SYNOPSIS: A married woman with an unwanted pregnancy lives in a time in American where she can’t get a legal abortion and works with a group of suburban women to find help.

The cast here is really the star, rightfully so, as said above, this was the main draw for me to check out this film. Elizabeth Banks is the clear star here and delivers one of her best performances and Kate Mara, no matter how big or small the role, delivered a really good and solid performance, but the star of the show is honestly Sigourney Weaver. She is the true star of the show bringing unexpected lightheartedness and charisma to a film that should be the opposite of that.

This is probably the hardest and most uncomfortable film of the festival so far and that is a very important factor. The themes and topics discussed are very real and very important, but also at times very hard to talk about. I think this film does a great job at unexpectedly making the film uplifting and funny at times while also being an extremely serious drama. While being incredibly impactful, the writing does struggle. The pacing really does drag here and the story is highly predictable. That combination steals from the potential that Call Jane had. A really effective job at introducing us to these topics, but poorly executed in the end.

Point Breakdown:

15 for Writing: 11

15 for Performances: 13

10 for Entertainment: 7

10 for Direction: 8

10 for Emotions: 8

5 for Cinematography: 3

5 for Score: 4

5 for Pacing: 3

15 for Technical: 10

5 for Rewatchability: 3

5 for Automatic: 5

Call Jane: 75/100 | Grade: C

Regina Hall appears in Master by Mariama Diallo, an official selection of the U.S. Dramatic Competition at the 2022 Sundance Film Festival. Courtesy of Sundance Institute. All photos are copyrighted and may be used by press only for the purpose of news or editorial coverage of Sundance Institute programs. Photos must be accompanied by a credit to the photographer and/or ‘Courtesy of Sundance Institute.’ Unauthorized use, alteration, reproduction or sale of logos and/or photos is strictly prohibited.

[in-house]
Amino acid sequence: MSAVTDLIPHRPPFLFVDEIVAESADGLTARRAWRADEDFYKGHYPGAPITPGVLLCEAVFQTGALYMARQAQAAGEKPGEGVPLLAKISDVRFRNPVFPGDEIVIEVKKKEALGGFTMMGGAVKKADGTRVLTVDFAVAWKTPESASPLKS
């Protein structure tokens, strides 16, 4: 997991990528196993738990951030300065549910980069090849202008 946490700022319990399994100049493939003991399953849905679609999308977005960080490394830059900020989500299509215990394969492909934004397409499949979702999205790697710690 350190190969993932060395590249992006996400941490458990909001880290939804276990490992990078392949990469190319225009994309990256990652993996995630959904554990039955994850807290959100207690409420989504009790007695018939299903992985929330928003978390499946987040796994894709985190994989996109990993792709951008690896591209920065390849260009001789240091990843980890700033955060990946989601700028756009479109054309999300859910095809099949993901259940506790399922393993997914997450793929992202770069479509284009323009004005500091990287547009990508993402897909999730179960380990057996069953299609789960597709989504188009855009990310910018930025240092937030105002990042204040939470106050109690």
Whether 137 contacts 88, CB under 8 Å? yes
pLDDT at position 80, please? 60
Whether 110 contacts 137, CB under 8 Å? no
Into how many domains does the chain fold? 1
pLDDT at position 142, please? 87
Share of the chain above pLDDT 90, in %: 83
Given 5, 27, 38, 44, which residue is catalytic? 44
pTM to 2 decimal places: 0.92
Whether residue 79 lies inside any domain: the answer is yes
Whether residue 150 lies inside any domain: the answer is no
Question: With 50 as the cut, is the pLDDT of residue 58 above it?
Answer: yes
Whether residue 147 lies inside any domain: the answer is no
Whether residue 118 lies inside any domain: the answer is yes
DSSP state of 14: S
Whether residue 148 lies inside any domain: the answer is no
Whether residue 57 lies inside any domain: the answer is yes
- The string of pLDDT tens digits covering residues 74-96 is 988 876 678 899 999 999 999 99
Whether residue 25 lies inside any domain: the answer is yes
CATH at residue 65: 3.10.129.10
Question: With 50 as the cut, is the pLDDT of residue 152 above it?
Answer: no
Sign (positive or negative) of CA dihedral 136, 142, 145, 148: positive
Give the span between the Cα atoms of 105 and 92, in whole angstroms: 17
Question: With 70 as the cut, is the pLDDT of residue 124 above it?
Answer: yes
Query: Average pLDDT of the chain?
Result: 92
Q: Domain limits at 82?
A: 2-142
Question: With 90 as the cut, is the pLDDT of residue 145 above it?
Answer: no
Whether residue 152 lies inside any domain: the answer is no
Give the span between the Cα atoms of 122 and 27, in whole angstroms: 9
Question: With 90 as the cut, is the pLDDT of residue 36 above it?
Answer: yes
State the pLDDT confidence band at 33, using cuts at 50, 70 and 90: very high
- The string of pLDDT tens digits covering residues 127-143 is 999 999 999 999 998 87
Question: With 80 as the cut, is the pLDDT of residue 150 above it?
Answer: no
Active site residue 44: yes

Master: Directed by: Mariama Diallo

SYNOPSIS: Three black women who strive to find their place at the celebrated Ancaster College, an elite university in New England. The school was built on the site of a Salem-era gallows hill and the ghostly legacies of Puritan-era persecution haunt the campus in an increasingly supernatural fashion.The plot examines how each of these women will — or won’t — survive in this space of privilege.

This is an incredibly chilling and haunting psychological thriller that is focused on racism in America and the divide that still exists today. The performances are the best part of this film with Regina Hall and Zoe Renee holding the most stakes and therefore giving the most powerful performances. Renee in particular is someone to watch out for in the future. The technical is a huge shining factor that adds to the horror elements, much like the popular The Invisible Man released in 2020. Everything from the lighting to cinematogery to sound and set design all contributed and was very welcome. 

The writing is a struggle throughout the runtime of the film. The first part is the scares. While I like the psychological aspect of the film a lot, I could see that they wanted to be more than that with some visual horror elements, but we never got to the point. They held back and never looked for the full potential. The other major factor is the sense of finality and the tying up of storylines. Things happen very abruptly and suddenly in this film, to the point of questioning what the hell is going on. There are also so many unanswered questions that desperately need to be answered in the end. A film that does a lot right, but holds itself back from being truly great in the end.

Point Breakdown:

15 for Writing: 11

15 for Performances: 12

10 for Entertainment: 7

10 for Direction: 8

10 for Emotions: 8

5 for Cinematography: 5

5 for Score: 5

5 for Pacing: 4

15 for Technical: 13

5 for Rewatchability: 3

5 for Automatic: 5


Master: 81/100 | Grade: B-

Jack Lautaret is a banana meter approved film critic, the founder of the Jack Lautaret YouTube Channel and host of the Finatic Film Review Podcast. He is a member of the Online Film and Television Association. Twitter: @JackLautaret